Free Expression In An Age Of Transparency
“An opinion, in and of itself, cannot be criminal. Ever. Just as the law should not attack thought, it should also be slow to proscribe speech or expression simply because it is capable of causing offence”.
“If you want to be able to say things that others don’t like or find challenging, you need to be willing to hear things that you don’t like”.
It is inevitable that an age of transparency¹ would bring the question of digital freedom to any discussion on freedom of expression. The internet, in creating an accessible global digital forum for freedom of expression has also led to global administrations wishing to curb its use for this purpose. For commercial and personal reasons vested interests constantly seek to curb legitimate freedom of expression in the media², aiding politicians in their wish to curtail those freedoms of expression guaranteed in law.
Sunday: Gathering clouds over digital freedom? — The range of challenges is wide: from state censorship, including firewalls and the imposition of network or country-wide filters, to increasing numbers of takedown requests from governments, companies and individuals, corporate hoovering up of private data, growing surveillance of electronic communications, and criminalisation of speech on social media.
Monday: Bad news: why TV is going the same way as print journalism — It is suggested that a long-term impact is about to hit TV news with the full force of digital disruption which ran through the newspaper industry. Viewing in countries such as the US and the UK has declined by 3%-4% per year on average since 2012. These declines are directly comparable to the declines in print newspaper circulation in the 2000s. If compounded over 10 years, the result is a decline in viewing of a quarter or more.
Tuesday: It’s Time for Transparency Reports to Become the New Normal — The transparency reports referred to relate to fact that when you use the Internet, you entrust your thoughts, experiences, photos, and location data to intermediaries, but when the government requests that data, users are usually left in the dark. Surveillance is a growth industry with every existing report showing that the number of government requests for user data is rising.
Wednesday: Lost in the Web: Navigating the Legal Maze Online — Many online media invite their readers to engage with the news by leaving comments, transforming the media from a one-way flow of communication to a more participatory form of speech which recognises the voice of the reader and allows different viewpoints to be aired. Where the right to be forgotten is put into effect it is the search engine that removes the information from the internet. This may infringe upon an essential component of the right to freedom of expression, namely the right to access the information and ideas disseminated by others, leading to a lack of transparency.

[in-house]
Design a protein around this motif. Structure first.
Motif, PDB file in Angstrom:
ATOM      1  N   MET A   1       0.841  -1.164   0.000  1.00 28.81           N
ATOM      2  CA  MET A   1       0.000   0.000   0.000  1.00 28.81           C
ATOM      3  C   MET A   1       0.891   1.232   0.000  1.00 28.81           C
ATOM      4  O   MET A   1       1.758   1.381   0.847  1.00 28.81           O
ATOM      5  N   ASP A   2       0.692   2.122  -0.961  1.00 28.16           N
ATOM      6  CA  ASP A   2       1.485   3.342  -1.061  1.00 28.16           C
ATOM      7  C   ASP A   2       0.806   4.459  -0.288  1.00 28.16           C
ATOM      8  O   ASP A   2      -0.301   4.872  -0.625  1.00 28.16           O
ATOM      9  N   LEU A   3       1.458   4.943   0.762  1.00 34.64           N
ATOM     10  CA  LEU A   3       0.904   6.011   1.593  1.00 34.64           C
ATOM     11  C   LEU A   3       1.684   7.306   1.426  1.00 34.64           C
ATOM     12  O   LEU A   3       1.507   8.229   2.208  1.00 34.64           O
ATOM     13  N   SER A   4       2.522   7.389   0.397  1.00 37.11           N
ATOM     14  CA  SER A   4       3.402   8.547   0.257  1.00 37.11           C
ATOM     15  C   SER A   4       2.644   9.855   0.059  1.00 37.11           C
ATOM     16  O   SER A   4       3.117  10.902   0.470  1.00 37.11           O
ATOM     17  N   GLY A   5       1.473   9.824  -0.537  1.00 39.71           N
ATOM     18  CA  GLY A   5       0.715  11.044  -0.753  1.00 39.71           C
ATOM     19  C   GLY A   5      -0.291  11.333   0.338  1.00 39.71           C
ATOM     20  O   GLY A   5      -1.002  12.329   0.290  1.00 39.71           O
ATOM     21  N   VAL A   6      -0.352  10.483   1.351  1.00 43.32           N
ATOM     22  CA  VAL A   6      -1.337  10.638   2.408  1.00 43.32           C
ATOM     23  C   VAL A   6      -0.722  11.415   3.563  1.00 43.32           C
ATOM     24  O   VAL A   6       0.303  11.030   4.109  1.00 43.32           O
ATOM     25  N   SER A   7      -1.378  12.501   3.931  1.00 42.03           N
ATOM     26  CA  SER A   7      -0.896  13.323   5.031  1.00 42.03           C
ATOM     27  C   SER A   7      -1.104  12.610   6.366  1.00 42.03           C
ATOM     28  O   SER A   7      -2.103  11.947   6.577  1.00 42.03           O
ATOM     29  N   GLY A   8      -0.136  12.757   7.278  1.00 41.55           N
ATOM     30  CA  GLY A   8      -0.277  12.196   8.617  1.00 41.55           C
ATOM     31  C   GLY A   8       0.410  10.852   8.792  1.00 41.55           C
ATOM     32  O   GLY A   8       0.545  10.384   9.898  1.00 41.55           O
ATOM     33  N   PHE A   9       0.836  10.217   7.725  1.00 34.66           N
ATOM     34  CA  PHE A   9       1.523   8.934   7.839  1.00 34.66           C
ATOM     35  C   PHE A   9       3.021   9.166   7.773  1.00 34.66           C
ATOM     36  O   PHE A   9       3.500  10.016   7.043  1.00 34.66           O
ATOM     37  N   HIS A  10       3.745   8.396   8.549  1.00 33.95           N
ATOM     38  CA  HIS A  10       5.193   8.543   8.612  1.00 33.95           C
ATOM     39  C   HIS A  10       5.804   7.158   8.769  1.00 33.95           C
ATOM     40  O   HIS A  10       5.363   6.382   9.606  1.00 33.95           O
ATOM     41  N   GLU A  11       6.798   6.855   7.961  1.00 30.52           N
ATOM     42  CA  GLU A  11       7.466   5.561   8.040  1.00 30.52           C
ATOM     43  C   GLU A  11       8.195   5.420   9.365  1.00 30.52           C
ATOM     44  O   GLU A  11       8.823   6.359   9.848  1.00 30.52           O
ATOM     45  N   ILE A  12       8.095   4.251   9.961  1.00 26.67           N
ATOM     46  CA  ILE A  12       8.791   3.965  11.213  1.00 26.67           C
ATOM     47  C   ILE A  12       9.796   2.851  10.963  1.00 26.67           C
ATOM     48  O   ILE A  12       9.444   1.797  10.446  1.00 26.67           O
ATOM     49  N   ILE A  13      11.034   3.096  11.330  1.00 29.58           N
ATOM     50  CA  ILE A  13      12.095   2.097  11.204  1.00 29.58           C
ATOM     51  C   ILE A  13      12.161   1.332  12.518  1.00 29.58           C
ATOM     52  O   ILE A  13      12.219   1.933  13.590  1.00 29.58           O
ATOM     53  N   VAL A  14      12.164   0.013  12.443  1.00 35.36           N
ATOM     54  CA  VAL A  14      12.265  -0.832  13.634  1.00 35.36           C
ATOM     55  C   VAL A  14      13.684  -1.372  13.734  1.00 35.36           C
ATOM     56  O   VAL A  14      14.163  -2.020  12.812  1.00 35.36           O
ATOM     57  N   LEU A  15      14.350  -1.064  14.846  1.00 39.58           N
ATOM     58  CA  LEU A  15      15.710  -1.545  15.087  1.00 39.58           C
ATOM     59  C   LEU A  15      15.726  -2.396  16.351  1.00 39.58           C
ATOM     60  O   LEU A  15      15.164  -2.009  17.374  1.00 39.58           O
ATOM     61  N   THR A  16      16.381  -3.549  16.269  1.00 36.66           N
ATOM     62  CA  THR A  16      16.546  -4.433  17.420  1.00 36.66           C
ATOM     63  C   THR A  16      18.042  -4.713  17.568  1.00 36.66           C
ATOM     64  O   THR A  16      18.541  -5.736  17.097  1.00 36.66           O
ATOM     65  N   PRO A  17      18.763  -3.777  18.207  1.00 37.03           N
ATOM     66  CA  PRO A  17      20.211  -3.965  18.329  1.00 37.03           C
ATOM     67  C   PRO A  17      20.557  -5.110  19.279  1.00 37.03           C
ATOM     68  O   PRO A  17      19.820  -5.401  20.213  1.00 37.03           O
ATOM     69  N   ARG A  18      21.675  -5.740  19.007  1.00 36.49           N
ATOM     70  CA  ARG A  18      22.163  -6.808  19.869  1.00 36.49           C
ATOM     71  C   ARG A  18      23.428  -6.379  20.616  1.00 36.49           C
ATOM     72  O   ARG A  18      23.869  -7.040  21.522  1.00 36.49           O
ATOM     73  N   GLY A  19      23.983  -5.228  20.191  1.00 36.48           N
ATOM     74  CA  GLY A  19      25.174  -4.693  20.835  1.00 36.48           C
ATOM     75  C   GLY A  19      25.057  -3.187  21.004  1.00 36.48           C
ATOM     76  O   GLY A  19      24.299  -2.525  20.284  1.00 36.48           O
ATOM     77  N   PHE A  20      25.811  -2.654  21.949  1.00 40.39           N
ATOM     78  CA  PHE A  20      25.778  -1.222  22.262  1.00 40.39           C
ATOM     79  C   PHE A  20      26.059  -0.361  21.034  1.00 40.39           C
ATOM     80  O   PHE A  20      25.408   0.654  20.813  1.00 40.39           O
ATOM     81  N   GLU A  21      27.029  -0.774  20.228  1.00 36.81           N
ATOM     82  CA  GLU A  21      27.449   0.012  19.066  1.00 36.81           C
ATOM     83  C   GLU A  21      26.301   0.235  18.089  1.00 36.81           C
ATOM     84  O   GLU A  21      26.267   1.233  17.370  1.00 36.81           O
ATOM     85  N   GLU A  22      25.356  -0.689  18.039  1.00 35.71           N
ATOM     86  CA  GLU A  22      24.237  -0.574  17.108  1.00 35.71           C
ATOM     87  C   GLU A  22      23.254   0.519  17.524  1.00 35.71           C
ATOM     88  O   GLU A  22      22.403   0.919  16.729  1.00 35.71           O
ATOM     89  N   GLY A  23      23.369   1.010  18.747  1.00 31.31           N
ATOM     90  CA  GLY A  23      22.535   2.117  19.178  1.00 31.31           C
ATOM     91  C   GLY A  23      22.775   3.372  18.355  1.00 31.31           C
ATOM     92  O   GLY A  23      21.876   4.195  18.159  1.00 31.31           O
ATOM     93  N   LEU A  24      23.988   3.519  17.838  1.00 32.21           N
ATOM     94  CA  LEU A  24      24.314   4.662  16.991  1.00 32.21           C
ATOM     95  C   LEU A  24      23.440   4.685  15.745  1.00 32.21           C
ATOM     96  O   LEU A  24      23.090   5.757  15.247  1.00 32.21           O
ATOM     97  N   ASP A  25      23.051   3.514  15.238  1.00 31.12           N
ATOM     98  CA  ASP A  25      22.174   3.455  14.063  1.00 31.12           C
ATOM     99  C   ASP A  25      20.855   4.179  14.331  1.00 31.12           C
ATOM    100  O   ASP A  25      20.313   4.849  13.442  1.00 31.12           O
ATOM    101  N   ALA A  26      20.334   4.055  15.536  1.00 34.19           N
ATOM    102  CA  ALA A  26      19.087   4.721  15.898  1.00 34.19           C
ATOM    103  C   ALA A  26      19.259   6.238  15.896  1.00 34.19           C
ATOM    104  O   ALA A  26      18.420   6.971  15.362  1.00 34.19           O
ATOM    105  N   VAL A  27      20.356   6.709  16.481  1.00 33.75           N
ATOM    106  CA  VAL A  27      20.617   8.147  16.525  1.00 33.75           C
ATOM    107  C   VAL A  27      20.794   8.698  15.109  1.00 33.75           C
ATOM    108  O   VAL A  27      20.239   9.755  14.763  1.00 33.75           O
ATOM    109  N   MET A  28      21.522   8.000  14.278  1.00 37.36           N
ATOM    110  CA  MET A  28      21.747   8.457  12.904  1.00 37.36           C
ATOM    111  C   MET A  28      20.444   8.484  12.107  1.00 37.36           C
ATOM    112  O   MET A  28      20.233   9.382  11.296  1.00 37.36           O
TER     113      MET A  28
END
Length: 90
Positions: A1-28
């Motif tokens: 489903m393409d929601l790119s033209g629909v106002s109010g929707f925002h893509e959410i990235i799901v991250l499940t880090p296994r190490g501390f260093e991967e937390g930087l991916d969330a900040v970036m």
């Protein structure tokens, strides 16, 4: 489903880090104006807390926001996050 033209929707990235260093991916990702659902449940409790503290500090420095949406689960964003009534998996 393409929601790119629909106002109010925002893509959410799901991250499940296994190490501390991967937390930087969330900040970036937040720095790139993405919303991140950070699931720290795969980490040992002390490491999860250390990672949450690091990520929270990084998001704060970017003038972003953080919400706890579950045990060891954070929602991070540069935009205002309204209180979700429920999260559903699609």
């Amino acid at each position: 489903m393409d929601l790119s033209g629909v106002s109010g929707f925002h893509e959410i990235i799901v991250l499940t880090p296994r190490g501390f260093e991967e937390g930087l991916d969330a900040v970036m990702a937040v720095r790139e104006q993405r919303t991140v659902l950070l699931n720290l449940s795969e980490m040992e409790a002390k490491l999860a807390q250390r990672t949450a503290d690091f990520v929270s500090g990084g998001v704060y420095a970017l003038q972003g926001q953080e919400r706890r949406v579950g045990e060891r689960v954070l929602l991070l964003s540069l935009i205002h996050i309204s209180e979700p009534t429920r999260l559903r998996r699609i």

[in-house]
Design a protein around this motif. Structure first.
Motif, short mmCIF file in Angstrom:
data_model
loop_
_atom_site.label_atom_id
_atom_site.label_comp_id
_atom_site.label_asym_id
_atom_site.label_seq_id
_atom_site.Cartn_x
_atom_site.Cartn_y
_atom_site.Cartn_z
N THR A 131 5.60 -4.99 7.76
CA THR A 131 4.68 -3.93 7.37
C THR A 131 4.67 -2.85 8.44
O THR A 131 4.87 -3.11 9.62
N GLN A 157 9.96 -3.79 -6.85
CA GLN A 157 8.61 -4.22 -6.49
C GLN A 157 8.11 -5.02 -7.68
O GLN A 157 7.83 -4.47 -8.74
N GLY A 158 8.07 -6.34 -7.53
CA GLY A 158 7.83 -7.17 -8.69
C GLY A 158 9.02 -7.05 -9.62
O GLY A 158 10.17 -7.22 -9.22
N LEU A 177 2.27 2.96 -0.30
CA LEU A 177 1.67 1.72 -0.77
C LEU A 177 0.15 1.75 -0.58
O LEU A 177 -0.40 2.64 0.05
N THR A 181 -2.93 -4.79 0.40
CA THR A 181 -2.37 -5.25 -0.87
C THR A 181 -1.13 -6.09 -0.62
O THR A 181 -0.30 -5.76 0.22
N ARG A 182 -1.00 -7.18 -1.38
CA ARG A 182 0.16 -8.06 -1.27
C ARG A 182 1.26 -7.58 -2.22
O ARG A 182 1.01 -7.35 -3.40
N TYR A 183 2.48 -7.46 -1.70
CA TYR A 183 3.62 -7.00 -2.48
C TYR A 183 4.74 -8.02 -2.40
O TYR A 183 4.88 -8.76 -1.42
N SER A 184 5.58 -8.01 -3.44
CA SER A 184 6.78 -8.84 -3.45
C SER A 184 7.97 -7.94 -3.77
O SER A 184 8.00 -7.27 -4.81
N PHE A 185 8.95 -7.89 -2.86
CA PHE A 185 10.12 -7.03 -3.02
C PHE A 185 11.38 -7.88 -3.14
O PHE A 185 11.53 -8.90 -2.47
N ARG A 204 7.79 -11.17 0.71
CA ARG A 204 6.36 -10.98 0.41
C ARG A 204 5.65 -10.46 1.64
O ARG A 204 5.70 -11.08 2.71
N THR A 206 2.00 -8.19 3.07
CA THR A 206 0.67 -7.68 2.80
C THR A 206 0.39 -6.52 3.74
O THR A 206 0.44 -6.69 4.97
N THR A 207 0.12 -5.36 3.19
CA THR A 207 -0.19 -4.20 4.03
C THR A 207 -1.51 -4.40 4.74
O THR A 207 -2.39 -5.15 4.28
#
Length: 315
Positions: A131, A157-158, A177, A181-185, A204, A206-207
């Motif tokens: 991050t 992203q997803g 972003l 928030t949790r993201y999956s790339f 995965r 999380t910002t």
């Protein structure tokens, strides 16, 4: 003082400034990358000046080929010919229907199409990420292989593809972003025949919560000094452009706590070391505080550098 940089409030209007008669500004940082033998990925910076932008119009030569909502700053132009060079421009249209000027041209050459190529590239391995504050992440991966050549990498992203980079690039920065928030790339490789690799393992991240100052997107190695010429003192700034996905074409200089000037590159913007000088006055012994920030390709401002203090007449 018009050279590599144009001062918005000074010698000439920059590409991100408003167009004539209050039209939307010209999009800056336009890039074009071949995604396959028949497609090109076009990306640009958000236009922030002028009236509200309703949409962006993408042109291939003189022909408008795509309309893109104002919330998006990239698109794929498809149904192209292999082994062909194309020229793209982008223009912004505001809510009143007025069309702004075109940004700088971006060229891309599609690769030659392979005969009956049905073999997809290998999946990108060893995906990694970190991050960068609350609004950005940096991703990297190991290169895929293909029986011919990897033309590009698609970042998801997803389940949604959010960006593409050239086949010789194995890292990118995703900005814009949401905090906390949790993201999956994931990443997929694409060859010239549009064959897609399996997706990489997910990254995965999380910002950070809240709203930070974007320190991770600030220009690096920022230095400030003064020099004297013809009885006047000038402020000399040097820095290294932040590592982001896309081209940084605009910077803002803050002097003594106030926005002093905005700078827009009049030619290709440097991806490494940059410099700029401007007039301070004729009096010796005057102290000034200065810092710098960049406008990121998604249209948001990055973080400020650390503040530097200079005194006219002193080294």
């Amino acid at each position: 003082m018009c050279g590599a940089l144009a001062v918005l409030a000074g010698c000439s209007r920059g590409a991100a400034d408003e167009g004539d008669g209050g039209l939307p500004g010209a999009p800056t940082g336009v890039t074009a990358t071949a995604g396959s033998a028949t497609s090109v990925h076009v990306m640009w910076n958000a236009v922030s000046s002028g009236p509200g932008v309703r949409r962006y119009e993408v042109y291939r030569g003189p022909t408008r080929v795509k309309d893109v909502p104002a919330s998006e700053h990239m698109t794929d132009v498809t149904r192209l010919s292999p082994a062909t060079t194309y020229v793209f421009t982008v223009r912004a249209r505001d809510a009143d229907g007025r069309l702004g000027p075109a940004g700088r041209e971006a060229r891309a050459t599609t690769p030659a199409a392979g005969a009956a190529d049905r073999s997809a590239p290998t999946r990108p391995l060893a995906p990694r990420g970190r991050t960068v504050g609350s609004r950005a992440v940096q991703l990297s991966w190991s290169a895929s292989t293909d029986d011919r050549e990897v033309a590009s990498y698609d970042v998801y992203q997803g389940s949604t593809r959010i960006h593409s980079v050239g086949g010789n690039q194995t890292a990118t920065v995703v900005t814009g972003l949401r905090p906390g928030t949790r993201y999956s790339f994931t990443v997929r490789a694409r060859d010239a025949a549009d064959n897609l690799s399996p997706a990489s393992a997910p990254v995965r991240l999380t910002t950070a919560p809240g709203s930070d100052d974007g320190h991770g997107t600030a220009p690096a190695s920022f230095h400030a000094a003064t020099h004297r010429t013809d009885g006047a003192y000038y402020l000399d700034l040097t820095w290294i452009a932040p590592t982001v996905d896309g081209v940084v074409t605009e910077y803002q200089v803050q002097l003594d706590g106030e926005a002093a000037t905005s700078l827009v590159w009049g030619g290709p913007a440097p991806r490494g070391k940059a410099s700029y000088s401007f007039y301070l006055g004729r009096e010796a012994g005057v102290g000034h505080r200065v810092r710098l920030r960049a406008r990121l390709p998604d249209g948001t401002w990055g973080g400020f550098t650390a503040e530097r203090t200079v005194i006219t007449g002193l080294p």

Thursday: Rich people are paying lawyers to get truthful stories deleted from the internet — It’s hard to say how common the disappearance of facts from the public record is. By their nature, these things take place in secret and news organisations don’t like to advertise that their lawyers have advised that stories be deleted. But it happens a lot.
Friday: The Tyranny Of Transparency — There is nothing private anymore. Not in fact, but in principle. That is, we are increasingly encouraged to live as if our life could be made public, that a particular comment, or a particular relationship, could be thrown, or wikileaked, before the public, where it will be judged, censured, condemned. It is as if one’s private life is always potentially public, to be viewed, at all times, through the eyes of a public other.
Reading these posts, especially those on Thursday and Friday, made me wonder who an age of transparency is transparent to, that perhaps in feeding a seemingly insatiable public desire for social vicariousness it has very little to do with any public desire for journalistic digital freedom. This so called age of transparency as spawned an industry feeding a public appetite for the vicarious, one in which the commercial media outlets may be more concerned with restrictions on their digital freedom incurring a loss of revenue than the public interest. If public narcissism compliments the vicariousness that drives this new age of transparency then perhaps there is no more individual privacy to be had. Perhaps as Friday’s article recounts transparency has become the sine qua non for living correctly, conforming to the correct opinions, the correct views, the correct conduct, with public vicariousness in this transparent digital world being the panacea of politicians battling public cynicism.
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